This is the hardest part. You’ll have changed so much on your travels that everything will seem insufferably small. Your friends will be in the same boring routines and, whilst you’ll be a novelty for the first week or so, people will soon tire of your travel stories.
Living with your parents or sleeping on a friend’s sofa, you’ll soon remember that to pay the rent and buy food you need money. Money comes from getting a job. And that requires you to do more all day than read the odd book, learn guitar and roll a joint first thing in the morning.
Coming back from traveling is synonymous with the taking drugs. You still have the high alive in your memory but the present seems bleak and uninspiring. The trick is to integrate all of your visions and experiences with your everyday life. Anyone can dream a dream but how many can make it real? The proof of what you’ve learnt isn’t what you think or say but what you do.
Try not to spend weeks moping around wishing you were on the other side of the world. It’s best to get stuck into something fast, to hit the ground running. That way you keep yourself active and don’t fall into a stagnant nostalgia. Start making money and get involved in something worthwhile and you’ll be in a better position to travel again if you feel the urge.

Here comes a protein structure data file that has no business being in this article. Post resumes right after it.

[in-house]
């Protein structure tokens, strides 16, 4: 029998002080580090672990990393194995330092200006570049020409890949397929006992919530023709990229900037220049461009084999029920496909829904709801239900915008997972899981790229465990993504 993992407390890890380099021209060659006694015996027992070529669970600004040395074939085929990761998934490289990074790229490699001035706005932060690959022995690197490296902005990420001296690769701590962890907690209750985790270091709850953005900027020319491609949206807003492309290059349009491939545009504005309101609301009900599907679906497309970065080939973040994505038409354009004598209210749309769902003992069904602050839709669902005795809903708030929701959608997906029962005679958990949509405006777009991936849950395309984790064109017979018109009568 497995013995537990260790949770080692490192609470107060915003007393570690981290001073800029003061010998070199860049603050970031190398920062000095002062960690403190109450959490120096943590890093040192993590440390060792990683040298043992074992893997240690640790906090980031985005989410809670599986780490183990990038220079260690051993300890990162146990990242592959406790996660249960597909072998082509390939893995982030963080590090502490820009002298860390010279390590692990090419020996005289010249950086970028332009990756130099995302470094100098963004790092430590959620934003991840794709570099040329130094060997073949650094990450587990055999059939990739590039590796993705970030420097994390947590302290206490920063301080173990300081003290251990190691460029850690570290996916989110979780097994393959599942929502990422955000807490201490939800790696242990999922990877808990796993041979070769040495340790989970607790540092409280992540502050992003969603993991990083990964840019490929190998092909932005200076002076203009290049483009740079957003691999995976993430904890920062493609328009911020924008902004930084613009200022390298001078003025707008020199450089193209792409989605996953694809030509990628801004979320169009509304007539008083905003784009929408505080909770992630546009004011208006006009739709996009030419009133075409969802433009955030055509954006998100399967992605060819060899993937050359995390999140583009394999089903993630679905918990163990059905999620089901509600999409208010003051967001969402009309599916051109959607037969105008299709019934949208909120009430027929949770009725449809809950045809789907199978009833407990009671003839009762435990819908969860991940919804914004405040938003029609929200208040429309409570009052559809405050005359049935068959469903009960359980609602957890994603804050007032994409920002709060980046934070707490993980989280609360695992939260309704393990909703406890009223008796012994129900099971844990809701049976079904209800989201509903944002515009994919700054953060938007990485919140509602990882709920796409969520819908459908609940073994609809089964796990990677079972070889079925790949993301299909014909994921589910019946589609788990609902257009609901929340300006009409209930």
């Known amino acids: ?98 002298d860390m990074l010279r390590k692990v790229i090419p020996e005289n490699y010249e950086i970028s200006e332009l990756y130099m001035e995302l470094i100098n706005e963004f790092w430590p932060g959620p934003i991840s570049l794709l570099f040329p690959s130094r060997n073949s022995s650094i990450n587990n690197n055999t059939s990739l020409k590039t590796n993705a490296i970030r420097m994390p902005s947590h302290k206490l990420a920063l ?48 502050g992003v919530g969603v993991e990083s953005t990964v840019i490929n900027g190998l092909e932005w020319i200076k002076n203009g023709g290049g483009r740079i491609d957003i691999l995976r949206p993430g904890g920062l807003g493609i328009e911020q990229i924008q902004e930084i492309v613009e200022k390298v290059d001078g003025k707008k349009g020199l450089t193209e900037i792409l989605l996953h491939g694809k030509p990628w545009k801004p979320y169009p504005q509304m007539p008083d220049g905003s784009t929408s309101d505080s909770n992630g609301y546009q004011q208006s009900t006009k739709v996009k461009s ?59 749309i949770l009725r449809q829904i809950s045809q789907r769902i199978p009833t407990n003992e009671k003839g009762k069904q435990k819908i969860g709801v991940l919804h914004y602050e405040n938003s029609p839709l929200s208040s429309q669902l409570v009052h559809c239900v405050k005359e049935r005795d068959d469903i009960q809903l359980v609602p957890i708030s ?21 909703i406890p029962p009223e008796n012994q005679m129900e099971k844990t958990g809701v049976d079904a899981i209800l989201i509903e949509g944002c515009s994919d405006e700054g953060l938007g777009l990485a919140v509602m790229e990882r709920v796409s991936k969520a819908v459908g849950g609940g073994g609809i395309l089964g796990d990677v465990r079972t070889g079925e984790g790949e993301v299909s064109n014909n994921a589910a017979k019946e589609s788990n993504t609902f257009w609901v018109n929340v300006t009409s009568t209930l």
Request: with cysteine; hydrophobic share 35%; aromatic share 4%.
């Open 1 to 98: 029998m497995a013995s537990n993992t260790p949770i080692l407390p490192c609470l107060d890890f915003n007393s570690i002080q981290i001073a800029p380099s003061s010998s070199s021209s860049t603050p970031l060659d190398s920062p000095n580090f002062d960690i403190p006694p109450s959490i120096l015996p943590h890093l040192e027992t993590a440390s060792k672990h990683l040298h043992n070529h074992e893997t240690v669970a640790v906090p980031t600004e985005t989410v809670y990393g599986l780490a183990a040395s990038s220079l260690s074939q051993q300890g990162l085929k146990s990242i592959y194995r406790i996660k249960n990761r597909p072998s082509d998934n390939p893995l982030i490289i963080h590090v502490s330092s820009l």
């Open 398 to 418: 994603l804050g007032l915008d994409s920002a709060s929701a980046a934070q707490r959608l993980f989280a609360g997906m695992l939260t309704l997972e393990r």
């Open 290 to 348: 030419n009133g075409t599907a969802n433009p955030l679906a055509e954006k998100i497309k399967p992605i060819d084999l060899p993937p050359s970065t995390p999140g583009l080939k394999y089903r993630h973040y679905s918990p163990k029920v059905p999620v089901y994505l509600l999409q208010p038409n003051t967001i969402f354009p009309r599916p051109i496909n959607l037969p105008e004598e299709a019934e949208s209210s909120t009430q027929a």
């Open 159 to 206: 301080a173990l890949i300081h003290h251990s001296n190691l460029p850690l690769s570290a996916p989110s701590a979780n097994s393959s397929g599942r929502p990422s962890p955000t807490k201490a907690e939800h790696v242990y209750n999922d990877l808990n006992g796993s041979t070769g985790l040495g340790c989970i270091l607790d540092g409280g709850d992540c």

The road is always there waiting for you if you want to go. For most people travel is a rite of passage that they only need to take once or twice. It’s very but very hard to really make a life on the road. Even if you find a way to make money abroad you’ll most likely come to need some stability at some point. Travel is just one of the elements and the rest need to be taken care of too.
But you’re the only person who can gauge that. Maybe you will become a fully-fledged travel addict but remember: no matter how much you imagine that you’ll want to travel all your life, most Road Junkies end up in rehab sooner or later.